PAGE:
The U.S. Senate showdown over the Employee Free Choice Act just got a little tougher: Arkansas Dem. Blanche Lincoln has gone on record saying that the EFCA "isn't necessary, bringing the number of "yay" Senators down to 57, three short of the 60 needed to prevent a filibuster.
The EFCA would allow unions to represent workers by getting sign-up cards -- "card check" -- as opposed to drawn-out elections in which companies frequently subject workers to harassment and intimidation, the recent battle at Smithfield Foods in North Carolina being a sharp example.
Over 60 million employees say they'd join a union if they could, but workers are subjected to almost relentless attacks during union organizing campaigns:
- 30% of employers fire pro-union workers.
- 49% of employers threaten to close a worksite when workers try to form a union, but only 2% actually do.
- 51% of employers coerce workers into opposing unions with bribery or favoritism.
- 82% of employers hire high-priced unionbusting consultants to fight union organizing drives.
- 91% of employers force employees to attend one-on-one anti-union meetings with their supervisors.
As Matthew Yglesias points out, the Arkansas Senator's ambivalence towards unions might have something to do with the largest company headquartered in her state:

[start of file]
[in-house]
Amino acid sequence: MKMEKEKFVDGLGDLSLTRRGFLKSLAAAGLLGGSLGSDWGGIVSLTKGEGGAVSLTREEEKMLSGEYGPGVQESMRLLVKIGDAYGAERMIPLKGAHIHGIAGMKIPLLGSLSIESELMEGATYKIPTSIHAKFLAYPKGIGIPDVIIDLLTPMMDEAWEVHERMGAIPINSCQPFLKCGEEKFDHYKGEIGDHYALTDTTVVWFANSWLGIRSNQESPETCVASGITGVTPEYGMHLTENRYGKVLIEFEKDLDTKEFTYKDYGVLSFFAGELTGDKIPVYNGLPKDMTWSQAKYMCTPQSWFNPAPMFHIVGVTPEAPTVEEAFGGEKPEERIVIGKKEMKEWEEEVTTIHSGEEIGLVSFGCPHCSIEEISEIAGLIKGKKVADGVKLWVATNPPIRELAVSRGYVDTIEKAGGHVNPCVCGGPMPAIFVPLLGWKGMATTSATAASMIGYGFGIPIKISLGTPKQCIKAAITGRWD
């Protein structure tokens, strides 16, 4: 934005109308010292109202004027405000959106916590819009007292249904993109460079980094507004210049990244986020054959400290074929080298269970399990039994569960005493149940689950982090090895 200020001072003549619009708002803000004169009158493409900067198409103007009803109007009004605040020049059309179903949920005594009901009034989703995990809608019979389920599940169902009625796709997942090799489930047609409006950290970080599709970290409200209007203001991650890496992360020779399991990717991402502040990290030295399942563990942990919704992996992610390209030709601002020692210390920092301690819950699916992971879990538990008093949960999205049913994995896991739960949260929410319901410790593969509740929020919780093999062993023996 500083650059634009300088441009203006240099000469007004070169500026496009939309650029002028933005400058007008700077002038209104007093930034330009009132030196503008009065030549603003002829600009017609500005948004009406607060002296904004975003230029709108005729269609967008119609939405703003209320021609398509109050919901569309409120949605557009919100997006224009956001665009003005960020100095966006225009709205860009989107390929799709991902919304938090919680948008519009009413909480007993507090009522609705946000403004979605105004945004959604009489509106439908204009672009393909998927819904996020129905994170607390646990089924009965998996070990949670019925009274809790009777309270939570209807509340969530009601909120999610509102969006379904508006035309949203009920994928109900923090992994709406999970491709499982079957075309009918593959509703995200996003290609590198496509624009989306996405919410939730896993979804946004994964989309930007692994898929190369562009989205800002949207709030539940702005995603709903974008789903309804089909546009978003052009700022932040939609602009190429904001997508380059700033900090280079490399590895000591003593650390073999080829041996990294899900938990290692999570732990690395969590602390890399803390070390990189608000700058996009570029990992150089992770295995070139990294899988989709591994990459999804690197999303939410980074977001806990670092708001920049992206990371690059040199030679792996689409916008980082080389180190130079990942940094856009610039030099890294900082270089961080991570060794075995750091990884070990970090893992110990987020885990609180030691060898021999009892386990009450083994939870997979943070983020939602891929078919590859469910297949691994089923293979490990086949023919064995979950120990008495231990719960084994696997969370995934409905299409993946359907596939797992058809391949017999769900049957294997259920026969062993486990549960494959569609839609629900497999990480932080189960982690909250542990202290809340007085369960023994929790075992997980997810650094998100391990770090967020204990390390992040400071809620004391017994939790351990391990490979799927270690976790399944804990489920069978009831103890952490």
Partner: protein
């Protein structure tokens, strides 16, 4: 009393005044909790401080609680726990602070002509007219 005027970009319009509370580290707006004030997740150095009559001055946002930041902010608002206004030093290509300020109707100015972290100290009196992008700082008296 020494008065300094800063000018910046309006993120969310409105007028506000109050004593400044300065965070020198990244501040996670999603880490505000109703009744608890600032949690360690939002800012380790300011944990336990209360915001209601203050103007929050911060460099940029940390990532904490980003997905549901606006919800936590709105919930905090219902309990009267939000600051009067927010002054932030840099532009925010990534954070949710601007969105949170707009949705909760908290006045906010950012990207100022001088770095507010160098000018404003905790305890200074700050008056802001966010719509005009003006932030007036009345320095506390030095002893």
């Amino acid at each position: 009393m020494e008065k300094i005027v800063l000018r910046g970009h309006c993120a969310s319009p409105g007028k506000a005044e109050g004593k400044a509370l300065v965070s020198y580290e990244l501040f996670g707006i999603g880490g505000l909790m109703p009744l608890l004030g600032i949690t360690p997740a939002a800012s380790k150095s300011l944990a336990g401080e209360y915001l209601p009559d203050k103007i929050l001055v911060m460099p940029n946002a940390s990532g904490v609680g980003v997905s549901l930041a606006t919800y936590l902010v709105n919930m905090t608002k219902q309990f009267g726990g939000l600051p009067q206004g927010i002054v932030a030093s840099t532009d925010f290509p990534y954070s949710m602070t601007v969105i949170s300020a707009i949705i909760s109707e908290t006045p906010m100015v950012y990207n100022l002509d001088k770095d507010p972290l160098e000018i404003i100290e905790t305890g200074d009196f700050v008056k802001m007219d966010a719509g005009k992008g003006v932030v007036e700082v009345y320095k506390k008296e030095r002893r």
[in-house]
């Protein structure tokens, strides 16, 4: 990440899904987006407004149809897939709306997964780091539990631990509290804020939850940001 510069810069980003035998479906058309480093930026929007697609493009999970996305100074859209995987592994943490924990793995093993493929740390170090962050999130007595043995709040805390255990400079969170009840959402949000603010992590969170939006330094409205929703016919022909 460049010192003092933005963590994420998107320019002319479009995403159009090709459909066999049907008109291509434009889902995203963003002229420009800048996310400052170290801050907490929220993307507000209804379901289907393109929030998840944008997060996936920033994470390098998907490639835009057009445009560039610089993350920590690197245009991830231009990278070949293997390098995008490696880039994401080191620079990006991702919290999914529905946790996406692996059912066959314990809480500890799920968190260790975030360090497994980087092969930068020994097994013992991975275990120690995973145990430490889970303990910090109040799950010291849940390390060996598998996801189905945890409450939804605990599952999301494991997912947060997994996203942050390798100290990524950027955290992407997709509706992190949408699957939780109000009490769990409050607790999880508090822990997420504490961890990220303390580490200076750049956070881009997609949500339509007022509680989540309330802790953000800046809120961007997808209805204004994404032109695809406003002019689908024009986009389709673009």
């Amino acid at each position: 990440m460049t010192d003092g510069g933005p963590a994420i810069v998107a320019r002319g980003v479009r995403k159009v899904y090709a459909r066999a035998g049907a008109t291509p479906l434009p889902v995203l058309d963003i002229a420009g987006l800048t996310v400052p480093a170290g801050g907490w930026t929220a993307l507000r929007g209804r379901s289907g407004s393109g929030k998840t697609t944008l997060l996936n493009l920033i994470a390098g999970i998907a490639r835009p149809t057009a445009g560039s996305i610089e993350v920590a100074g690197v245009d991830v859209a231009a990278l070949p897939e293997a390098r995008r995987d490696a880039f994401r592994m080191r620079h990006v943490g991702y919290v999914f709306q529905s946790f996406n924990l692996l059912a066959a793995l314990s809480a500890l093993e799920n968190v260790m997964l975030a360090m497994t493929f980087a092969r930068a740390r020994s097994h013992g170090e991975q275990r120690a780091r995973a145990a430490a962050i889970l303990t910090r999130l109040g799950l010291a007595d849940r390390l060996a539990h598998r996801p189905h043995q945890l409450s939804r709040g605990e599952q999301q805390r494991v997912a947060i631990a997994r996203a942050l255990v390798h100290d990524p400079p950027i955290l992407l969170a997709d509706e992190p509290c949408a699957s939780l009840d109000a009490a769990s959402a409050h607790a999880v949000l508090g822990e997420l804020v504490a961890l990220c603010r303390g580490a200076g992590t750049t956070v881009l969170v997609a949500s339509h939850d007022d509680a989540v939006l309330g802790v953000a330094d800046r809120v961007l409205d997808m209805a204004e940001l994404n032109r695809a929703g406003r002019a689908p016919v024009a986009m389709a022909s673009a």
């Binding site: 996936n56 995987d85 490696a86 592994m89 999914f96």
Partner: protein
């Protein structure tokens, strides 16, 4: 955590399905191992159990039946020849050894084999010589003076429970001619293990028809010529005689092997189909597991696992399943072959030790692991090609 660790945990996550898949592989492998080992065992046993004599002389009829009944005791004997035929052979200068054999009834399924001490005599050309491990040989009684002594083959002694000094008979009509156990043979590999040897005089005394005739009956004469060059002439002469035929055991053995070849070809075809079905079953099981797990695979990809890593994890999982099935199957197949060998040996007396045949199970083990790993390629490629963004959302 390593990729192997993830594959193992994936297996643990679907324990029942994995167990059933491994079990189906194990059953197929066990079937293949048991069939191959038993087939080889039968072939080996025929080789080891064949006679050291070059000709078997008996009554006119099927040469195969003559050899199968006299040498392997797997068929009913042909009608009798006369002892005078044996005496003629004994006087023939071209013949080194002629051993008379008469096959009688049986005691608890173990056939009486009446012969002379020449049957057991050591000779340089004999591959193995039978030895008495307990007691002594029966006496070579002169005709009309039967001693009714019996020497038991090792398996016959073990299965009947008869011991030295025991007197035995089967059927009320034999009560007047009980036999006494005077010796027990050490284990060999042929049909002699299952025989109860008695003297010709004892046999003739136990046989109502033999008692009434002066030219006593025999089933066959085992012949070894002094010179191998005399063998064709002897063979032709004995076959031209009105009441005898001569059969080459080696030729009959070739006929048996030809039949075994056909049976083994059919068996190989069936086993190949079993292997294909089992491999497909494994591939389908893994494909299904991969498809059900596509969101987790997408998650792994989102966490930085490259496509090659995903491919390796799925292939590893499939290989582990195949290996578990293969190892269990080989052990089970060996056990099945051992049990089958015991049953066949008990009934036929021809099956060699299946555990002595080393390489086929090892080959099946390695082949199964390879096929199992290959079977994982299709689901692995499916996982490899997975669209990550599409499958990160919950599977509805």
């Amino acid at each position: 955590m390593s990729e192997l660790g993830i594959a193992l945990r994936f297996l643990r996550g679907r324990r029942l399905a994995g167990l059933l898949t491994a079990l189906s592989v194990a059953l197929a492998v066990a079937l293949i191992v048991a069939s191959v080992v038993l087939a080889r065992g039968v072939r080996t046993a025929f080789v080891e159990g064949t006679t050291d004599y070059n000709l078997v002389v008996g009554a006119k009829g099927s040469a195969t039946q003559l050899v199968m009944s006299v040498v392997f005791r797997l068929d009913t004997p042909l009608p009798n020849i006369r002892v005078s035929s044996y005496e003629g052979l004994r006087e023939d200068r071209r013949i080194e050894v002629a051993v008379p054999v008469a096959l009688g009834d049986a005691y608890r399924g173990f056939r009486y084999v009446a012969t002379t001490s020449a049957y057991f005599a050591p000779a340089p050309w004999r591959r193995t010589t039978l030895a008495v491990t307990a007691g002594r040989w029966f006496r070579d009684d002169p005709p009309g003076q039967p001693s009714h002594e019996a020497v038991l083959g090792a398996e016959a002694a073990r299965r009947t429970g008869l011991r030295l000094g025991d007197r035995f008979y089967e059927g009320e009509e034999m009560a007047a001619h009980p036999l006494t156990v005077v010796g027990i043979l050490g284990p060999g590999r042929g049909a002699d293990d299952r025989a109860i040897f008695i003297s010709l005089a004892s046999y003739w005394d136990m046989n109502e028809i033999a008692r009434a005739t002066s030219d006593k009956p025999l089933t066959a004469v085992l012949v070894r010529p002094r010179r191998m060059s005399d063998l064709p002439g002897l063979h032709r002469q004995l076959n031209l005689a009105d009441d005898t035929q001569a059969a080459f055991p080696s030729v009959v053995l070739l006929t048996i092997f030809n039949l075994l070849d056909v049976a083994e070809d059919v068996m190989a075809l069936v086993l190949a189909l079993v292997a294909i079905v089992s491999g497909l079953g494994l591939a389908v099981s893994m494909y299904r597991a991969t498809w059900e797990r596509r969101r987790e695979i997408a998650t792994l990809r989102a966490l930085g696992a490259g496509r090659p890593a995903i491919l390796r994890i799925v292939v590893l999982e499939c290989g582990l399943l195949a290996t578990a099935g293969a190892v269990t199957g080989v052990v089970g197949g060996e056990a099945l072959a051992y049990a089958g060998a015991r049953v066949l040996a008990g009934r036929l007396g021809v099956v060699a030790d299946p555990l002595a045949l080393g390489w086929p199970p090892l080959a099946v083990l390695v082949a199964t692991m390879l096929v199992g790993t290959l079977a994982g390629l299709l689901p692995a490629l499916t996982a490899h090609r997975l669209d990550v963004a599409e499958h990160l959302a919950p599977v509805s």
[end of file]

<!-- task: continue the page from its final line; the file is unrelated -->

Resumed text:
After all, non-union Arkansas is a bastion of prosperity! Well, actually, no, it's poverty-stricken and features ultra low wages. But guess who likes low wages? Wal-Mart. And guess who loves Wal-Mart? Arkansas politicians like Blanche Lincoln.
The Center for Responsive Politics shows that Sen. Lincoln has indeed been a direct beneficiary of Wal-Mart's political largesse, with donors associated with the company giving Lincoln over $35,800 in her career.
Lincoln has also received $44,000 from Tyson Foods, the poultry giant with its own checkered record of worker abuses and hostility to unions.
Workers in Arkansas could use more unions. Arkansas has the 5th-highest rate of poverty in the country. The state's median income ranks 48th in the nation; only Mississippi and New Mexico are lower. Per capita income ranks 48th in the nation. Nationally, the "union advantage" that results from having a union is about a 12% boost in wage levels.